Mommy Says | Teen Ink

Mommy Says

July 19, 2011
By KaylaAnne GOLD, North Platte, Nebraska
KaylaAnne GOLD, North Platte, Nebraska
16 articles 0 photos 42 comments

My mother's voice slithers up the stairs, under my door, and into my vulnerable ears.
It takes one word from Mom to make me come running. As is with most young 10 years old, Mommy says 'jump' you ask 'how high?'
"Yes?" I ask when I come into the kitchen.
Mom sits at the bar sipping on a tall glass of orange juice. She sips cautiously, wary of her lipstick.
Standing she says, "I've got to go to work early today," she pauses to fish a professional looking folder out of her massive purse. "Now," she looks me in the eye, eyebrows arched and lips in a stern line, "I need you to give this to your father when he gets home. Okay?"
When Mommy says 'run' you ask 'how far?'
"Okay," I nod and take the folder.
Mom leans in and almost kisses my cheek but her lipstick is far to important for that, so she stops herself and steps back quickly, acting as if my presence with upset her obvious beauty.
She turns to leave, pausing only to check her appearance in the hall mirror. Applying even more blush, her cheek turn a much rosier pink. With her pale skin, brown curls framing her face, and pink lips my mother looks much like the glass dolls Daddy buys me whenever Mom misses my ballet recitals. Needless to say, I own a lot of glass dolls.
I heard the slam of our large front door and soon after the start of Moms Volvo purring to life.
Because I was 10 years old at the time, I opened the folder my mother had handed me. I will say that I battled furiously with my curiosity before carefully opening the folder, worried it would explode at my betrayal. But, Mom has never said I couldn't take a peak inside.
It was certainly something professional and I found myself staring at it feeling quite dumb until my eyes found the words FILE FOR DIVORCE.
I did not, could not, understand at first. I was sure this was a joke, positive that it was not as professional and serious at the tiny print seemed to make it.
I laughed, it was a weak and ugly sound, as if trying to make myself find it funny. But it wasn't funny, not in the least.
FILE FOR DIVORCE, the words seemed to burn into my retinas and I couldn't see anything else. FILE FOR DIVORCE, that's all I knew, all I could comprehend.
"Mommy...?" I whispered, my voice having slipped out with my intelligence in the past few seconds.
Suddenly a tiny droplet of water fell on the life-changing papers. I cringed, thinking that now, there was no way Mom wouldn't know I peaked.
It took me a second to realize the water had come from me. I was crying, silently and alone.
Raising my hand to my face, vaguely noticing my trembling finger tips, I felt the hot tears streaming down my cheeks.
I jumped back, bumping into the granite counter, when a load roar came from outside. My dad's old Ford. Dad ... Dad! He would make everything all better! Daddy always makes it better!
But my body is thinking something different and I racing up the stairs and find myself in my bedroom in a matter of seconds. I stumble, my knees weak as the heave grief settle on my shoulders, to my bed. Climbing under the covers I feel my chest tighten and my throat close. I clutch the papers to my chest, realizing I'd left the folder in the kitchen. My nose is running now and my body is shaking with heavy sobs.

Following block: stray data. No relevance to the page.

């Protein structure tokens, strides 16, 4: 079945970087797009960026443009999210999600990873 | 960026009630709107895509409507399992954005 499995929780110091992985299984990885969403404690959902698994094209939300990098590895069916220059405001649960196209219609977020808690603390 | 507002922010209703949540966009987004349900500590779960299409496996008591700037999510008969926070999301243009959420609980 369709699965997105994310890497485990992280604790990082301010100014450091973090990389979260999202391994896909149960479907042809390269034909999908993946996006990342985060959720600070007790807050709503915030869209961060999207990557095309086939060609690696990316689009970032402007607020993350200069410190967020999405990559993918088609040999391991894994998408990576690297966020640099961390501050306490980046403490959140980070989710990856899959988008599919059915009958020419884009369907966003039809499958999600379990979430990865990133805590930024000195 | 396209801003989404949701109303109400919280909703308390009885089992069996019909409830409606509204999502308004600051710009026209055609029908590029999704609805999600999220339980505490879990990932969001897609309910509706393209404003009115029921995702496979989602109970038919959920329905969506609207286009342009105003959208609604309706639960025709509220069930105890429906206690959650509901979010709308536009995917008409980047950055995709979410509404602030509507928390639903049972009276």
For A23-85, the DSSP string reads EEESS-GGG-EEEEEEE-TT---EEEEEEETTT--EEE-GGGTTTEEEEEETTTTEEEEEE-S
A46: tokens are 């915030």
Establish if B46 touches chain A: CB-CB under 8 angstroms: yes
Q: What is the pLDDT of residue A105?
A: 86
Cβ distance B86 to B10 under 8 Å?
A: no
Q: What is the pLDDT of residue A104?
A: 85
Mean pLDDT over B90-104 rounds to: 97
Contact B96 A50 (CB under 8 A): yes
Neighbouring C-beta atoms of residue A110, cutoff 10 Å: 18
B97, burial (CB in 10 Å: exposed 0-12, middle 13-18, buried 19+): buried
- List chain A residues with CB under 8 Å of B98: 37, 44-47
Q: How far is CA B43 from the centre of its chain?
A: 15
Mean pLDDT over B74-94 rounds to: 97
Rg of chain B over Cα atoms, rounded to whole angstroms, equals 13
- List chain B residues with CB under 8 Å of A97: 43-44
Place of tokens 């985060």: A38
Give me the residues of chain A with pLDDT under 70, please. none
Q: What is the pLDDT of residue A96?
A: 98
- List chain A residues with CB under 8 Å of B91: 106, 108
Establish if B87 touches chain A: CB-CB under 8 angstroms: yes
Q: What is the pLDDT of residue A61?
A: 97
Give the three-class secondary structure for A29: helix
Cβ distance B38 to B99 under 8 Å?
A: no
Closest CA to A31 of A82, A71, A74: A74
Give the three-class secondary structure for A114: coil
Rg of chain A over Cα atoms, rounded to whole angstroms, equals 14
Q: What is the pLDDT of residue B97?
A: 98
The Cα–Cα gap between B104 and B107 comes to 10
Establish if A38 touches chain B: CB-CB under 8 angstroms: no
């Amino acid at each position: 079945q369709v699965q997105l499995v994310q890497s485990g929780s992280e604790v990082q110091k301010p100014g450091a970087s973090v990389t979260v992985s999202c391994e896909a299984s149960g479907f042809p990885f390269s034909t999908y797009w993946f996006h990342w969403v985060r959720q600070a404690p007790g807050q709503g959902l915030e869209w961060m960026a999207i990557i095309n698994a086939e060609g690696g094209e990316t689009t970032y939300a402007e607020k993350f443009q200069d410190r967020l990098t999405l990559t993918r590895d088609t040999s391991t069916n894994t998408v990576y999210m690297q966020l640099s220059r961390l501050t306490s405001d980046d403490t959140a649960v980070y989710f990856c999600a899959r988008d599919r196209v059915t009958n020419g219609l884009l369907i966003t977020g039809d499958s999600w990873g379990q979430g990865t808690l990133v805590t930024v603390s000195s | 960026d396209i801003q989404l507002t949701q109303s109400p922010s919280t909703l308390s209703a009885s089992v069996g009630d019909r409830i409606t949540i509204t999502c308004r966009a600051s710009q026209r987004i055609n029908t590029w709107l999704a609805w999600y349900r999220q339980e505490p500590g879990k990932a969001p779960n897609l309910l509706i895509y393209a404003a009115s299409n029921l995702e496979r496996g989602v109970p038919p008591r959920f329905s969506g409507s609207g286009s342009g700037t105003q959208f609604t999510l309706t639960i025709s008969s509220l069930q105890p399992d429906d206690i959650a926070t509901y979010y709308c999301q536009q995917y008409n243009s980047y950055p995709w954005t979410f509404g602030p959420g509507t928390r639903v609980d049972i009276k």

This house is a very old Victorian, so it isn't surprising that Dad hears my wails.
His heavy footsteps are on the stairs now and I can hear him coming closer and closer now.
Curling in a ball with he Divorce papers still against my skinny chest, I hear my door squeak open.
"Laney? Hun, what's wrong?" My dads southern accent always made me feel better before, but not today.
In a sobbing rage I shove the papers under my pillow and quickly pull the covers off me, steeling myself to face my dad. But it's Daddy, I shouldn't need to harden myself just to look at him.
"Honey, what is wrong?" He's sitting on the edge of my bed, his face flushed from the cold winter wind biting his exposed skin.
"I ... I just don't feel very well." I never was much of a liar.
"Laney, don't lie to me."
My eyes grow warm as fresh tears start to form. I gasp in a breath and slowly lift my pillow, because when Mommy says 'do this' you say 'okay.'
Dad's eyes find the word DIVORCE quicker than I had. His jaw tightens and his blue eyes turn glass and he stares at something just above my right ear.
"How'd you get these, Alaine." My dads face is a mask of seriousness, much like Moms before, and he uses my full name for the first time in years.
"I'm so sorry," I'm blubbering now and the tears fall freely.
"Alaine Grace Park, you tell me how you got these papers right this damned minute." Dads voice is hard at iron matching his eyes.
Looking back, I think he already knew Mom had given me the papers but he just need to hear the words.
"Mom told me ... to give them t-to ... you," I speak around the harsh sobs and hiccups.
I want my daddy to comfort me, to scare away all my sadness and pain. I was too young to realize the amount of pain he must have been experience then too. And that he needed his own comforter, just like me. So when he left the room in complete silence, I sat wide-eyed glaring at the place he has occupied on my bed. Anger starts to sink in, mixing with the anguish to form bitterness. Standing with a huff I stomp to the door and slam it closed, a small shriek escaping me.
Of course all this was my fault. I could have kept the peace for a few more minutes of I had just disobeyed Mommy for the first time. Of course. Of course. Of course.
But, as usual what Mommy wants Mommy gets.

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